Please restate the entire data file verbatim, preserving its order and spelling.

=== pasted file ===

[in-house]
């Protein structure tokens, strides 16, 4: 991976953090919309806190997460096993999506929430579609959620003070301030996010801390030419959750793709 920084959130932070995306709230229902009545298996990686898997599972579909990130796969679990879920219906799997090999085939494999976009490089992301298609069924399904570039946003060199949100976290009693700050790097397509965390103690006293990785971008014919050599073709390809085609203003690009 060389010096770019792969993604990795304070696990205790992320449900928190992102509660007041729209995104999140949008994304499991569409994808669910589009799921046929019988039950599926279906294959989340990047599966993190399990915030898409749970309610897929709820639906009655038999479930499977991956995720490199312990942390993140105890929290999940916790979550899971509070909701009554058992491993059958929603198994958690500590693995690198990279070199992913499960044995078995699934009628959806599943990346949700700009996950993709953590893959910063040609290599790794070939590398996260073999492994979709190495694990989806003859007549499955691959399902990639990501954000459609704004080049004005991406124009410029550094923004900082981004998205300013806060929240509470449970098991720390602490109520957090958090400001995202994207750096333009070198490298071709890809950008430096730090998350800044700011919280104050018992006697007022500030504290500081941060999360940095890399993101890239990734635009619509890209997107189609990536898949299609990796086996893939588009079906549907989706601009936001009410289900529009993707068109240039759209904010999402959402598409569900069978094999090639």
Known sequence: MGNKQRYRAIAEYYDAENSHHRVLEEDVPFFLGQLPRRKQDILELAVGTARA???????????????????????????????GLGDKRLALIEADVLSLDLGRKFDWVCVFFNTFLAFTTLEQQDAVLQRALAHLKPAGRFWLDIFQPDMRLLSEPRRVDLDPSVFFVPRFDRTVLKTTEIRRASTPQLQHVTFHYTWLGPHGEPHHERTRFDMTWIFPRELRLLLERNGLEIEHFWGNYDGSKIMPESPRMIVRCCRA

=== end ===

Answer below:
[in-house]
């Protein structure tokens, strides 16, 4: 991976953090919309806190997460096993999506929430579609959620003070301030996010801390030419959750793709 920084959130932070995306709230229902009545298996990686898997599972579909990130796969679990879920219906799997090999085939494999976009490089992301298609069924399904570039946003060199949100976290009693700050790097397509965390103690006293990785971008014919050599073709390809085609203003690009 060389010096770019792969993604990795304070696990205790992320449900928190992102509660007041729209995104999140949008994304499991569409994808669910589009799921046929019988039950599926279906294959989340990047599966993190399990915030898409749970309610897929709820639906009655038999479930499977991956995720490199312990942390993140105890929290999940916790979550899971509070909701009554058992491993059958929603198994958690500590693995690198990279070199992913499960044995078995699934009628959806599943990346949700700009996950993709953590893959910063040609290599790794070939590398996260073999492994979709190495694990989806003859007549499955691959399902990639990501954000459609704004080049004005991406124009410029550094923004900082981004998205300013806060929240509470449970098991720390602490109520957090958090400001995202994207750096333009070198490298071709890809950008430096730090998350800044700011919280104050018992006697007022500030504290500081941060999360940095890399993101890239990734635009619509890209997107189609990536898949299609990796086996893939588009079906549907989706601009936001009410289900529009993707068109240039759209904010999402959402598409569900069978094999090639």
Known sequence: MGNKQRYRAIAEYYDAENSHHRVLEEDVPFFLGQLPRRKQDILELAVGTARA???????????????????????????????GLGDKRLALIEADVLSLDLGRKFDWVCVFFNTFLAFTTLEQQDAVLQRALAHLKPAGRFWLDIFQPDMRLLSEPRRVDLDPSVFFVPRFDRTVLKTTEIRRASTPQLQHVTFHYTWLGPHGEPHHERTRFDMTWIFPRELRLLLERNGLEIEHFWGNYDGSKIMPESPRMIVRCCRA